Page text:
I’m in this group chat. There are 15 of us: all young, female journalists working (or in my case, very much hoping to work) in digital media covering beats ranging from technology policy to fandom to marijuana to cybersecurity. What started out as a group Twitter direct message with only six of us has flourished into a thriving Slack workspace for networking and chatting (but frankly, mostly shitposting). I’m the youngest and least experienced. Despite feeling somewhat out of place sometimes, the impression that I have friends willing to help guide me into the workforce is extremely reassuring.
As I prepare to graduate, I’m plagued by common fears like moving (permanently, this time) away from my friends, finding a long-term job and being wholly in command of my finances. Coupled with day-to-day life anxieties are fears about my future job security: I’m going into digital media (and looking for culture reporter positions in New York City — hit me up). The volatility of the industry terrifies me. I’ve previously written about my emotional reactions to massive layoffs at companies like Verizon Media and BuzzFeed. Back in January, I didn’t have an answer for how to deal with anxiety about things like job security in digital media or coordinated, targeted online harassment. My only solution at the time was to subscribe to news sites that matter to you and tell your friends that you support them.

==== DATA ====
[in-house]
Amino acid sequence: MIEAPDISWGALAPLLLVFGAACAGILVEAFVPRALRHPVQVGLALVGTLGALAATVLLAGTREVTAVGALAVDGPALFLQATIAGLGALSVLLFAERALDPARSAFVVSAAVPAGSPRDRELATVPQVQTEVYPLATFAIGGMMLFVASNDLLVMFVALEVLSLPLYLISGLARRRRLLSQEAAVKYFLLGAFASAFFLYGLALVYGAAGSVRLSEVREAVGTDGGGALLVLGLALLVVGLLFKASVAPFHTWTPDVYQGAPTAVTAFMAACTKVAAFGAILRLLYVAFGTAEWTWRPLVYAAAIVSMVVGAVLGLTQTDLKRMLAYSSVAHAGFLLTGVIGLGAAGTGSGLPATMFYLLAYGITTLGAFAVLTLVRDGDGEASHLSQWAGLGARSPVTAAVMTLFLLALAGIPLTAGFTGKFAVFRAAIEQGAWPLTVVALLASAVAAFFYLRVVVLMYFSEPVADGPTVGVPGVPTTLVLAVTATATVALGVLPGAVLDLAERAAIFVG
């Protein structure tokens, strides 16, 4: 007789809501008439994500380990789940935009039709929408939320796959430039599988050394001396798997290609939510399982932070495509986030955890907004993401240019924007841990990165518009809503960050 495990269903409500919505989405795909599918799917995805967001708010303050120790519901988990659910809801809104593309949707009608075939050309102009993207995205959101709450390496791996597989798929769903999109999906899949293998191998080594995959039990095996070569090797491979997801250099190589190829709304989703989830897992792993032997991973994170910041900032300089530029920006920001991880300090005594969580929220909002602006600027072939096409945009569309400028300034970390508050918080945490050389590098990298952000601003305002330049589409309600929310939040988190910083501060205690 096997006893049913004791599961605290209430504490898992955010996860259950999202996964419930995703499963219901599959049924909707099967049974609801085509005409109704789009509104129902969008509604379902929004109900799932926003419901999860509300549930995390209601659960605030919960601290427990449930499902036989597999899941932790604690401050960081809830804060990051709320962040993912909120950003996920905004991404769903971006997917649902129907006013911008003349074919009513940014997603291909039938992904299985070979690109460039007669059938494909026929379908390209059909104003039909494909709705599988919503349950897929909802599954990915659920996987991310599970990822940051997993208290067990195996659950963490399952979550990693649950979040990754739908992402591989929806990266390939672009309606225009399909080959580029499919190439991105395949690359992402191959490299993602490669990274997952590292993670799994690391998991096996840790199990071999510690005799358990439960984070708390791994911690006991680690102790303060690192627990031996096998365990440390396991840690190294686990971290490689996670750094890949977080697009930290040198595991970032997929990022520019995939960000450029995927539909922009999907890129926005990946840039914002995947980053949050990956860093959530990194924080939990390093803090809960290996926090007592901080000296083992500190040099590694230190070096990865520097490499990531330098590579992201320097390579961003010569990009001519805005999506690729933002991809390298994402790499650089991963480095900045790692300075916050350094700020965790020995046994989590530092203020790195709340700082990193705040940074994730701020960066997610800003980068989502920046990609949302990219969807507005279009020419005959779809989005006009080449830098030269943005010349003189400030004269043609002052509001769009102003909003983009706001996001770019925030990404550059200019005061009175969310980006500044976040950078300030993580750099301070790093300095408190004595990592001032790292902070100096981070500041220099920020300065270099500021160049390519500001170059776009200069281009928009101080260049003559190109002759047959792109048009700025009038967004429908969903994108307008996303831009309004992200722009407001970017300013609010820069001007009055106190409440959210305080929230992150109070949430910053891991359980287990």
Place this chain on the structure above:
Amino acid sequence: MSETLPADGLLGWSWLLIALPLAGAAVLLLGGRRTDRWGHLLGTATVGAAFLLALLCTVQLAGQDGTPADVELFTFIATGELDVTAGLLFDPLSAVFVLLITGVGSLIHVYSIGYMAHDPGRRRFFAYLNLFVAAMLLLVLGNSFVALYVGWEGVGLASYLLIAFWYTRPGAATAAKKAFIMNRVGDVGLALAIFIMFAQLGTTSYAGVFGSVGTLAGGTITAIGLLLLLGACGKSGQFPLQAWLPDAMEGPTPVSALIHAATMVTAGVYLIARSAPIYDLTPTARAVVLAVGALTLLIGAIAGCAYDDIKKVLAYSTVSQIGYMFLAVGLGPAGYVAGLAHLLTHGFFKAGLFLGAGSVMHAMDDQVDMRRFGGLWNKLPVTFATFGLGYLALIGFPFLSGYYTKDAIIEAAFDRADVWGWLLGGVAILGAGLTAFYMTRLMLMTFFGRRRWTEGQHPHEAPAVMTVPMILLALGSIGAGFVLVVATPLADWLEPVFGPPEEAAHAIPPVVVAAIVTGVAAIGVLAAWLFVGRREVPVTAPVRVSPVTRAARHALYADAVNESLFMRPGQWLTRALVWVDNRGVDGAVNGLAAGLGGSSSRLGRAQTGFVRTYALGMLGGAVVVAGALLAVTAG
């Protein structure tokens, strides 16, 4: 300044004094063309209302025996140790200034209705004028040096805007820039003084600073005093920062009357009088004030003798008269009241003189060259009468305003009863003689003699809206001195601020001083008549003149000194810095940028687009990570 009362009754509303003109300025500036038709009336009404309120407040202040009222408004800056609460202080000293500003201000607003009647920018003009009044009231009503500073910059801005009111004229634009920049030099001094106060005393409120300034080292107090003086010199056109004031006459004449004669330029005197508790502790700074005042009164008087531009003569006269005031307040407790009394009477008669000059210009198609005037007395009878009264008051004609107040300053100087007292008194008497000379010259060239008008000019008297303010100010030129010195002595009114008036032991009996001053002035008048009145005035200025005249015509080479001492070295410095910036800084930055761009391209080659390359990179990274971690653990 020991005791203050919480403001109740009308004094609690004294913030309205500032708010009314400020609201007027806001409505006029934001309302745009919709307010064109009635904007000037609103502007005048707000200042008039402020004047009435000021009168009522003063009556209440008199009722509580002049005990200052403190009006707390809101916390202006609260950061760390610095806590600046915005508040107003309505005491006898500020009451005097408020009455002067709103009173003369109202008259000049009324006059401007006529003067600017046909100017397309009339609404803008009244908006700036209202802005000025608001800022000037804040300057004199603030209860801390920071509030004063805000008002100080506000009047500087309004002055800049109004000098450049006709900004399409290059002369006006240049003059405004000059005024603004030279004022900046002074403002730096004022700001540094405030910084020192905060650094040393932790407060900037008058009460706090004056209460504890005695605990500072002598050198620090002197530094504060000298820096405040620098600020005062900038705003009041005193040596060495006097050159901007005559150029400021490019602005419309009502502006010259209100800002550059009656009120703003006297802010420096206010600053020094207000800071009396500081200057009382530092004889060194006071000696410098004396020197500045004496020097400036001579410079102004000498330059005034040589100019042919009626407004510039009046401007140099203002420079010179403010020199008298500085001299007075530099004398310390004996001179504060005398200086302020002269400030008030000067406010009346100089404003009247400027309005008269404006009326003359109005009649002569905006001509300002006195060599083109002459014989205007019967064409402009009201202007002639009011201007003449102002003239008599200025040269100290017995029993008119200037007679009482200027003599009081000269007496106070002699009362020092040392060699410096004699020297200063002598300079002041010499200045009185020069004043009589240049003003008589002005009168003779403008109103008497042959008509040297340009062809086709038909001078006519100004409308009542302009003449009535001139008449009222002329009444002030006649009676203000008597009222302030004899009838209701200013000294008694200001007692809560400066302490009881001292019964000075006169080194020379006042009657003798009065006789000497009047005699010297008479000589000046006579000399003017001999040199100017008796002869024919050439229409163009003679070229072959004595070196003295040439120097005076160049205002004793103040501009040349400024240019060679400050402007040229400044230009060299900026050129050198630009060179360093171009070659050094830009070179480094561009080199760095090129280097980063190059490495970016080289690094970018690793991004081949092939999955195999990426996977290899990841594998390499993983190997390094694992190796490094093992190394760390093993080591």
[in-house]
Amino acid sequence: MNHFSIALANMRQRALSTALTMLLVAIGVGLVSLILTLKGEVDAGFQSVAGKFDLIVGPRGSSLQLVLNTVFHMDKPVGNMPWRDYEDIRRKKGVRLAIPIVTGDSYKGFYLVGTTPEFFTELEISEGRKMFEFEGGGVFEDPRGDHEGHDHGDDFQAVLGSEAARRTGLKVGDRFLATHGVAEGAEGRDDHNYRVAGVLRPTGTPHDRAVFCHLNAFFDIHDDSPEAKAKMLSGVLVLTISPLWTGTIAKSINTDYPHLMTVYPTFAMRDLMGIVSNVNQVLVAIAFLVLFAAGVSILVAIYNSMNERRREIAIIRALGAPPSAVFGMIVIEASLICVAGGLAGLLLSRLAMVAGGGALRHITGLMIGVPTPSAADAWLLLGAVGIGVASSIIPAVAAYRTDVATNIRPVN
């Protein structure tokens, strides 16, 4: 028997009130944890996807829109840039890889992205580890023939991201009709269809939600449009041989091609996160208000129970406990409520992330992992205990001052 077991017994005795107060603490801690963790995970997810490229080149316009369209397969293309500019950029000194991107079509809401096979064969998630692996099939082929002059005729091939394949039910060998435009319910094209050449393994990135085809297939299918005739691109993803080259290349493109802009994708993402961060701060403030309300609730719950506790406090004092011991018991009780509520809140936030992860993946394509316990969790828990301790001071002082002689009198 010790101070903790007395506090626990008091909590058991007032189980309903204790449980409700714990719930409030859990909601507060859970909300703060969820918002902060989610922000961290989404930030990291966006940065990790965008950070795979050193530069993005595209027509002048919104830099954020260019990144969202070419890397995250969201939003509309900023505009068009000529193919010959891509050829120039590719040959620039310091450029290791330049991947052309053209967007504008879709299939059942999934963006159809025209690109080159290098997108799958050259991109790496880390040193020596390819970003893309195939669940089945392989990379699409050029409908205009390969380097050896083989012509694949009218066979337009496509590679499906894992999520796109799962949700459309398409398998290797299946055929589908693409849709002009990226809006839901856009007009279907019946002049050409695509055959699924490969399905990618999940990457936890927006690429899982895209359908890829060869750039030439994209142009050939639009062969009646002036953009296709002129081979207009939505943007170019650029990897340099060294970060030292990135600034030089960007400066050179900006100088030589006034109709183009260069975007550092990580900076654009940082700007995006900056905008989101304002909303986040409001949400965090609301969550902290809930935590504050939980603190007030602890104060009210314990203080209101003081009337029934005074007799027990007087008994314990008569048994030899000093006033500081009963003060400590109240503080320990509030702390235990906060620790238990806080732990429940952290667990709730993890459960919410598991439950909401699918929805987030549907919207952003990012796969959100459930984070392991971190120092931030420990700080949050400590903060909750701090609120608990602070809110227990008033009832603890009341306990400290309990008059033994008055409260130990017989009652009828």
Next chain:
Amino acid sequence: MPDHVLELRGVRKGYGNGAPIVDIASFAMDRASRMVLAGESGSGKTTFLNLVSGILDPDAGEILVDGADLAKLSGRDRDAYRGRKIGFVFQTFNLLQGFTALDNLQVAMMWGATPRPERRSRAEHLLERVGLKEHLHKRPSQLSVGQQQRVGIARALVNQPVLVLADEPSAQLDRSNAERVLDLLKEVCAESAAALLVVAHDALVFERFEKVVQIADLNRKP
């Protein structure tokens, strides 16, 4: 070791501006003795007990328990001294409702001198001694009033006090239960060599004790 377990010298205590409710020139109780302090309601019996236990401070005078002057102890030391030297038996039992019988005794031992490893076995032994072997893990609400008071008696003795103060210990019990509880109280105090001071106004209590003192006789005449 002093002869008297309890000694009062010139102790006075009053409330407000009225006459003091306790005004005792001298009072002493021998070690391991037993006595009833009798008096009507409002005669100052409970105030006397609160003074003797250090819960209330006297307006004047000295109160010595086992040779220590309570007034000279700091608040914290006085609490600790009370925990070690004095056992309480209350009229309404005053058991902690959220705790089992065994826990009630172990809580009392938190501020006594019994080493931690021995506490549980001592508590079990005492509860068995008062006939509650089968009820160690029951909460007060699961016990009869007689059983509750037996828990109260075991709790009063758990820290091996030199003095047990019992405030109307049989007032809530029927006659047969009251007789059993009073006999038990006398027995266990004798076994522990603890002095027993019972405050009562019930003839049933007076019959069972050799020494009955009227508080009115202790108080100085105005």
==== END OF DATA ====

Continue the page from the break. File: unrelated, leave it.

Now, four months later and on the cusp of my graduation, my answer is this: get yourself a group chat.
Will the group chat prevent you from being laid off? Probably not. Will it be able to spare you from harassment based on something that you wrote? Unfortunately, that answer is also "no." However, it does provide you with a support structure comprising people who absolutely get it and can help you parse through what’s going on in your life and your career. While it’s certainly not a replacement for therapy, it’s a net to fall back on when things get choppy, stressful or incomprehensible. It’s also a great place to send ephemera like bad internet takes.
Ultimately, it comes down to having friends in your industry. Every vocation comes with particular concerns and anxieties, and having people who automatically get it without extensive explanation is invaluable. It’s also somewhere to celebrate victories in a way that feels genuine with people who care (i.e. none of that typical LinkedIn “honored and humbled” talk). Dropping the pretenses with people you care about isn’t valuable in a transactional sense — it’s necessary and healthy.
This is my last column ever at the Minnesota Daily. I graduate in just under two weeks and move away in just under four. I reluctantly leave the community I’ve had the privilege to be a part of here. If you’ve stuck with me through columns about PETA’s weirdly horny tweets or electric scooters, I am immeasurably grateful to you. And to the group chat — I am immeasurably grateful for you as well, for everything. My last, official opinion for the Daily is this: seek out the friends, support and happiness that you need. You deserve it.